I saw something so cool yesterday morning when I was on the MTR going to work. I had to go to my job early yesterday morning so I was riding the MTR along with a bunch of other office-people and some younger primary school students who were on their way to school. Early in the morning if you’re on the MTR you will of course notice how many people are reading the newspaper – its always old people reading newspapers and then some cheap other older people, who don’t want to buy their own newspapers, will be reading the other person’s newspaper. I have NEVER seen a primary school student reading a newspaper because I guess, children in Hong Kong aren’t really concerned about their surroundings. But yesterday morning, I saw a group of primary school students standing in a circle talking to each other and noticed ONE primary school student trying to sneak and read a newspaper that an old man was reading. It was so cool to see! The student seemed more interested in reading about his world then what his friends were laughing and talking about…a true individual!!!
Loneliness is something that I seem to find a lot in the eyes of strangers when I’m walking around Hong Kong by myself. The last couple days I’ve been posting up posters for the new issue of my magazine up at shops in areas such as Shatin, Tai Zhi (Prince Edward), Tong Lo Wan (Causeway Bay), Tsim Sha Tsui, Wan Chai and Mong Kok. Each time I am sitting on public transportation (MTR, bus, KCR) by myself observing the amount of other Hong Kong people who are also walking around by themselves. The sense of sadness always hits me when I see most people like this. Their faces always seem so sad and lifeless…like they’re missing something very special in their lives. Maybe they’re not being challenged enough at their jobs, they don’t have any passion in what they do, but since times are getting hard and are only going to get harder they’re at least thankful that they have a job. But for the most part, I wonder if they’re sad because they’re lonely. Maybe they’ve had an experience with someone else before where that person fulfilled the void and emptiness in their hearts – by a warm touch, a shoulder to cry on, arms to embrace, someone to lean on. After this fulfillness when things return back to the void emptiness, it seems life is dead. Where are the warm smiles? Where are the arms to run to when things start to get difficult? Where is the shoulder to lean on when you need the extra push?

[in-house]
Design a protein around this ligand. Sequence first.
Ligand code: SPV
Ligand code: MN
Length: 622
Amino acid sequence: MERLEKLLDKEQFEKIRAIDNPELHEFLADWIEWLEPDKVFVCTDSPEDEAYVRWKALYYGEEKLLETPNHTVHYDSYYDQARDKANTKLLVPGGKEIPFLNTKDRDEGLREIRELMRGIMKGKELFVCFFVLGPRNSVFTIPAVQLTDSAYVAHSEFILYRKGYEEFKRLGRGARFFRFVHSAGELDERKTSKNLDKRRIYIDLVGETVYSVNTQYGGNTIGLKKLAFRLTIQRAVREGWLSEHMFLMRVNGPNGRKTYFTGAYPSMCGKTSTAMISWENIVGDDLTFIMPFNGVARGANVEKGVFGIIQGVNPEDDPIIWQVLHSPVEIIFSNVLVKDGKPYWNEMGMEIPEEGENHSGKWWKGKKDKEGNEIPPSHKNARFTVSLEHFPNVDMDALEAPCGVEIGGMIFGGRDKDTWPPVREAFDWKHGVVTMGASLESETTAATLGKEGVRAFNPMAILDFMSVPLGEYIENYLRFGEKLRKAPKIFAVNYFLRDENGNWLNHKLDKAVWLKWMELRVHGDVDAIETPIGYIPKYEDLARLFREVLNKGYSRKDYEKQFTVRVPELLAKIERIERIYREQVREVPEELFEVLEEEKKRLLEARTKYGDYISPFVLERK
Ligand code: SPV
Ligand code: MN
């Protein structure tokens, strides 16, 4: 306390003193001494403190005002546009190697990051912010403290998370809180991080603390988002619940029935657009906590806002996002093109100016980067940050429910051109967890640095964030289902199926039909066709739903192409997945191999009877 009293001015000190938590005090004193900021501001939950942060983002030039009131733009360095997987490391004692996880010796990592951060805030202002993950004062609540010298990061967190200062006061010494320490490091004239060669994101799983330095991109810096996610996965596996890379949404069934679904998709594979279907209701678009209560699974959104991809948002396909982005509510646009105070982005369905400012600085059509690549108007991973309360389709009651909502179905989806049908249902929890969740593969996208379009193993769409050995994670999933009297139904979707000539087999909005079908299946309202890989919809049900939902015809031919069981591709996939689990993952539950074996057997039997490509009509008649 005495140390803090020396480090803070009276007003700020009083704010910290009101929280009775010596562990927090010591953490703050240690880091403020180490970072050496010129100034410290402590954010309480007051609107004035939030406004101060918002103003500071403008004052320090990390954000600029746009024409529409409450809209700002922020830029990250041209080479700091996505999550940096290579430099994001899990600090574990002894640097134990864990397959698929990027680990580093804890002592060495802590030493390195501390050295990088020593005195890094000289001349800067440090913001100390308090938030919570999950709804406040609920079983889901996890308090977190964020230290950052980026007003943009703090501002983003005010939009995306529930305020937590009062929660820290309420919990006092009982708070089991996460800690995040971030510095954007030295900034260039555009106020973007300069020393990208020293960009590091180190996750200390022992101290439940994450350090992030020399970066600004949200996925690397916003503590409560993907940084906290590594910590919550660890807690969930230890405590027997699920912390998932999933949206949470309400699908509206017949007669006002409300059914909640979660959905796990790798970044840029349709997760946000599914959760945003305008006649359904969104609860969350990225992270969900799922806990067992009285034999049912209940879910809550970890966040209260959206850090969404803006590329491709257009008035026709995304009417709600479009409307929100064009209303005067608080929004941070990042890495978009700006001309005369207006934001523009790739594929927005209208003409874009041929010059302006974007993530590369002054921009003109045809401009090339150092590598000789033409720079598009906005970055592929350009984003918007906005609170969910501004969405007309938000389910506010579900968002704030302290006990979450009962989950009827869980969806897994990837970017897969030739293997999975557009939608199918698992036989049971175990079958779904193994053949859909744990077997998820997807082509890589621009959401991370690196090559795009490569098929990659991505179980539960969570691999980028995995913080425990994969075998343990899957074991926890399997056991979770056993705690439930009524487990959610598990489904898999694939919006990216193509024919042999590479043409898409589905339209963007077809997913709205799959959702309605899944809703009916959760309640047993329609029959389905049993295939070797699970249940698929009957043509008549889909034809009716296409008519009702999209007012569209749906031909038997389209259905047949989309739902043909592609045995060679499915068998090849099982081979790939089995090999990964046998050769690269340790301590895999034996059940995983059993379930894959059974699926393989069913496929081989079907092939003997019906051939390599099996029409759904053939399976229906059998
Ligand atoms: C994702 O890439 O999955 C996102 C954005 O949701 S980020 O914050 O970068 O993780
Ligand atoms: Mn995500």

I had dinner with a friend last night who was someone I had strong feelings for almost 10 months. When I first met her she brought some strength to my weak vulnerable heart. We worked in the same company and then she quit to pursue something else…we kept in touch through ICQ and the phone or whatever. I’ve seen her out every now and then and the special feeling I got inside me was always there. Like when the phone rings and on the display I see her name, I immediately stop what I am doing and smile. The way she talked to me, the way she smiled, the way she seemed so genuinely interested in how things were going for me in my band and in my magazine – all these things brought some relief to me.
But last night we just sat silent next to each other. I had nothing to say and neither did she. It felt like my whole world came crashing down – not because of the silence. But because it seemed like life experiences like these are inevitable. People move on, you best friend slowly becomes a stranger. People you feel like you could love forever slowly turn into empty souls. And then you have moments like these. You have this idea that you’re going to have a great time just talking and laughing about life with an old friend or someone you’re interested in – but instead, both of you for some reason just can’t find ANYTHING to say. How does that happen? It seemed like nothing I did anymore mattered to her. She still mattered to me…obviously, or I wouldn’t by typing this message right now. But it was like I was gone – I had been removed from her heart and it didn’t matter. I asked her too, “you seem quiet – are you alright?” Nothing – she laughed it off and even said that she just didn’t have anything to say.